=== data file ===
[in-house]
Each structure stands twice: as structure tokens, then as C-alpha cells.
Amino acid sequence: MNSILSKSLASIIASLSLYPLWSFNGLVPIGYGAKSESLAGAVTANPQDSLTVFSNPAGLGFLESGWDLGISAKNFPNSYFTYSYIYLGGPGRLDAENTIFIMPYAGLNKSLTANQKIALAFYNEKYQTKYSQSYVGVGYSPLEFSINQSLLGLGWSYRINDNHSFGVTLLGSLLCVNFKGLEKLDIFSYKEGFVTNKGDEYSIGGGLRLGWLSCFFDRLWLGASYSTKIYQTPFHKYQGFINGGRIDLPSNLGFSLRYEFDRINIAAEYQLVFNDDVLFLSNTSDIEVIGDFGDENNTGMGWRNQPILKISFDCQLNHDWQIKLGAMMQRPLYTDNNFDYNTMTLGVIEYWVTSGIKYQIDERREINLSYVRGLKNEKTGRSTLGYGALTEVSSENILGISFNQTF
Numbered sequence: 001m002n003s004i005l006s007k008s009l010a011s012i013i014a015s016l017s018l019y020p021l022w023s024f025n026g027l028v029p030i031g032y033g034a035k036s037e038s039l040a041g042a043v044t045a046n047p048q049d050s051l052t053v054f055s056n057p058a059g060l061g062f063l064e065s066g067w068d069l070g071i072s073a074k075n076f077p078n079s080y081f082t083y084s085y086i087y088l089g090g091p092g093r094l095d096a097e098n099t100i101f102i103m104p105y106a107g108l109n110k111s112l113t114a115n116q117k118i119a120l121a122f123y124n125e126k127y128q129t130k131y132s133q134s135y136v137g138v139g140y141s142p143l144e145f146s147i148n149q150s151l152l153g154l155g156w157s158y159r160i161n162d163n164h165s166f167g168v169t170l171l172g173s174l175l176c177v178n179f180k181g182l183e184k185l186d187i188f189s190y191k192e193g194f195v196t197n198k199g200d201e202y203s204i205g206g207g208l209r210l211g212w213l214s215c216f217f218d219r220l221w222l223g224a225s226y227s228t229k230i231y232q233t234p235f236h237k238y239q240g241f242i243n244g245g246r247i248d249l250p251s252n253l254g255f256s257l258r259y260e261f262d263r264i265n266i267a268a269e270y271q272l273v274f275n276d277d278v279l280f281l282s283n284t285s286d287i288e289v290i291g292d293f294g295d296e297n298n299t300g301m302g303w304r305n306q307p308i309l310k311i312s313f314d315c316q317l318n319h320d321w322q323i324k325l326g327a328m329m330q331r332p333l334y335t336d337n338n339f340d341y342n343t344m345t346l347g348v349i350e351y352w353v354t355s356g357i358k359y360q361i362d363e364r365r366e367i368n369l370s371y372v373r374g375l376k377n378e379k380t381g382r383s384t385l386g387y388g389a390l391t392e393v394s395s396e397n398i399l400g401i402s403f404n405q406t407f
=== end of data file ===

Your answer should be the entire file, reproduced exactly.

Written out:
[in-house]
Each structure stands twice: as structure tokens, then as C-alpha cells.
Amino acid sequence: MNSILSKSLASIIASLSLYPLWSFNGLVPIGYGAKSESLAGAVTANPQDSLTVFSNPAGLGFLESGWDLGISAKNFPNSYFTYSYIYLGGPGRLDAENTIFIMPYAGLNKSLTANQKIALAFYNEKYQTKYSQSYVGVGYSPLEFSINQSLLGLGWSYRINDNHSFGVTLLGSLLCVNFKGLEKLDIFSYKEGFVTNKGDEYSIGGGLRLGWLSCFFDRLWLGASYSTKIYQTPFHKYQGFINGGRIDLPSNLGFSLRYEFDRINIAAEYQLVFNDDVLFLSNTSDIEVIGDFGDENNTGMGWRNQPILKISFDCQLNHDWQIKLGAMMQRPLYTDNNFDYNTMTLGVIEYWVTSGIKYQIDERREINLSYVRGLKNEKTGRSTLGYGALTEVSSENILGISFNQTF
Numbered sequence: 001m002n003s004i005l006s007k008s009l010a011s012i013i014a015s016l017s018l019y020p021l022w023s024f025n026g027l028v029p030i031g032y033g034a035k036s037e038s039l040a041g042a043v044t045a046n047p048q049d050s051l052t053v054f055s056n057p058a059g060l061g062f063l064e065s066g067w068d069l070g071i072s073a074k075n076f077p078n079s080y081f082t083y084s085y086i087y088l089g090g091p092g093r094l095d096a097e098n099t100i101f102i103m104p105y106a107g108l109n110k111s112l113t114a115n116q117k118i119a120l121a122f123y124n125e126k127y128q129t130k131y132s133q134s135y136v137g138v139g140y141s142p143l144e145f146s147i148n149q150s151l152l153g154l155g156w157s158y159r160i161n162d163n164h165s166f167g168v169t170l171l172g173s174l175l176c177v178n179f180k181g182l183e184k185l186d187i188f189s190y191k192e193g194f195v196t197n198k199g200d201e202y203s204i205g206g207g208l209r210l211g212w213l214s215c216f217f218d219r220l221w222l223g224a225s226y227s228t229k230i231y232q233t234p235f236h237k238y239q240g241f242i243n244g245g246r247i248d249l250p251s252n253l254g255f256s257l258r259y260e261f262d263r264i265n266i267a268a269e270y271q272l273v274f275n276d277d278v279l280f281l282s283n284t285s286d287i288e289v290i291g292d293f294g295d296e297n298n299t300g301m302g303w304r305n306q307p308i309l310k311i312s313f314d315c316q317l318n319h320d321w322q323i324k325l326g327a328m329m330q331r332p333l334y335t336d337n338n339f340d341y342n343t344m345t346l347g348v349i350e351y352w353v354t355s356g357i358k359y360q361i362d363e364r365r366e367i368n369l370s371y372v373r374g375l376k377n378e379k380t381g382r383s384t385l386g387y388g389a390l391t392e393v394s395s396e397n398i399l400g401i402s403f404n405q406t407f